By the time I catch up again with Gervais, the film is done and dusted (“It turned out better than I imagined”), and he and Merchant have completed a script for their next project: a sitcom featuring Extras guest star Warwick Davis as a version of himself, which Gervais describes as “a cross between Curb Your Enthusiasm and One Foot in the Grave. But with a dwarf. Now that we’ve got this nuanced coming-of-age-drama out of our system, it’s great to go back to comedy.” The pilot will shoot this summer under a title that seems like a no-brainer, but could apply just as well to The Office, Extras or indeed Cemetery Junction: Life’s Too Short.

Cemetery Junction is released on 14 April


Bafta Awards 2010: Matthew Goode Interview – The Telegraph – 23rd February 2010

Matthew Goode yearns for the days when actors behaved badly and got away with it.

There was a time, says Matthew Goode, when actors were free to speak their minds, when agents and PRs didn’t control the film industry and it was a lot less bland as a result. I can see a wistful gleam in his eye as he says this and it’s plain this is a time he hankers after – and indeed is on a one-man mission to recreate.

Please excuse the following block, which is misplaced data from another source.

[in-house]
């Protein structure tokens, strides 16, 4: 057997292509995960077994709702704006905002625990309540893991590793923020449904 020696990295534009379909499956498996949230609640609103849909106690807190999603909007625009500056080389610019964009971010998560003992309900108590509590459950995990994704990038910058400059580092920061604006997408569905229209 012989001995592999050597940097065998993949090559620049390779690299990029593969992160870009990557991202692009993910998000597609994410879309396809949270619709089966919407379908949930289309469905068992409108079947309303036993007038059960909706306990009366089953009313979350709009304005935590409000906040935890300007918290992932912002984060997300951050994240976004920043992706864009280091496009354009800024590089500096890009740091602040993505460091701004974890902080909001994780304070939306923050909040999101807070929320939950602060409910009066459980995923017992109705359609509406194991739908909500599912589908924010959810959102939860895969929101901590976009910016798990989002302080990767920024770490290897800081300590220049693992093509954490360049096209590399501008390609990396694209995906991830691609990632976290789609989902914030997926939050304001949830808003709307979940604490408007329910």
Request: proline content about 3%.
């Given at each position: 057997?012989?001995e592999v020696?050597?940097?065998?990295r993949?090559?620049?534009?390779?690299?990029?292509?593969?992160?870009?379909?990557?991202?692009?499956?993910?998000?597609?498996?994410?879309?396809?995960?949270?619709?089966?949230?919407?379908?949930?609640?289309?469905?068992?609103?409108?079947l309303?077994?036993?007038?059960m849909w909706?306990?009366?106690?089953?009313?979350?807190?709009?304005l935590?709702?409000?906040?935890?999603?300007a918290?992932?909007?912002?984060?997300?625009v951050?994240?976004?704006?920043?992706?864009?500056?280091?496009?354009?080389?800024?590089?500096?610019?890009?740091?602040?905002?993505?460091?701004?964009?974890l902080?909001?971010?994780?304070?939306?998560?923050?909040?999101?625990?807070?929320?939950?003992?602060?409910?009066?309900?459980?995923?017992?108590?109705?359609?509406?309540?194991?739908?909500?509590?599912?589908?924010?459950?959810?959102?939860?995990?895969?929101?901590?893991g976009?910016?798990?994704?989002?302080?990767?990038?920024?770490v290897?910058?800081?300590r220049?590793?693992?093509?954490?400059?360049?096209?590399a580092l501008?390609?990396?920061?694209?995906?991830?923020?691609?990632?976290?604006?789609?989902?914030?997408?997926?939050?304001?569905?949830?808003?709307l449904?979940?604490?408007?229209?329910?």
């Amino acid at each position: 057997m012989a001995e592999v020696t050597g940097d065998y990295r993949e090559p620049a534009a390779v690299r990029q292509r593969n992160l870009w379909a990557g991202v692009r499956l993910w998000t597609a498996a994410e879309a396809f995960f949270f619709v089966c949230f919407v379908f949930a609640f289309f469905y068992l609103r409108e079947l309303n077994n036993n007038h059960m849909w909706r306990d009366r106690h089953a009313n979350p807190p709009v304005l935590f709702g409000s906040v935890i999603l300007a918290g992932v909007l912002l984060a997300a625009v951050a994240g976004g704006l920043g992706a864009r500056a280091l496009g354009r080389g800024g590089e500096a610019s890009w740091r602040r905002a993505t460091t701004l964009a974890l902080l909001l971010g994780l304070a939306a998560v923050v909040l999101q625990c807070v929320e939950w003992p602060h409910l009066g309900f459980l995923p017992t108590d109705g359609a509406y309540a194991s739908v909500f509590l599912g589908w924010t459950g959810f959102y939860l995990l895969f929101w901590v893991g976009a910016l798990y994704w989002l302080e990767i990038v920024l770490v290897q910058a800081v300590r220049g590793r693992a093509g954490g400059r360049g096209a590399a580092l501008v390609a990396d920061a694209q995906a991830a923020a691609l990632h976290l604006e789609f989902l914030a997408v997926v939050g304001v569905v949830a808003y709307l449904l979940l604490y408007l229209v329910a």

Certainly, it’s hard to think of any other actor who says of his last film, the romantic comedy Leap Year, that ‘it’s turgid’. And,what’s more, that, ‘I just know that there are a lot of people who will say it is the worst film of 2010.’ Possibly he will be carted off in the middle of the night shortly after this interview and re-emerge with his lips sewn together, but for the moment, at least, he seems to be doing very well. 

We’re actually meeting to discuss his other new film, Tom Ford’s acclaimed, Bafta-nominated adaptation of Christopher Isherwood’s novel A Single Man, in which he plays Colin Firth’s lover. On screen, Goode is apt to look rather smooth and neatly turned out – he was once the face of Hackett, the Sloaney men’s outfitters – but in the flesh he’s a bit more shambolic, bouncing into a pub in north London in jeans, heavy spectacles and a woollen hat.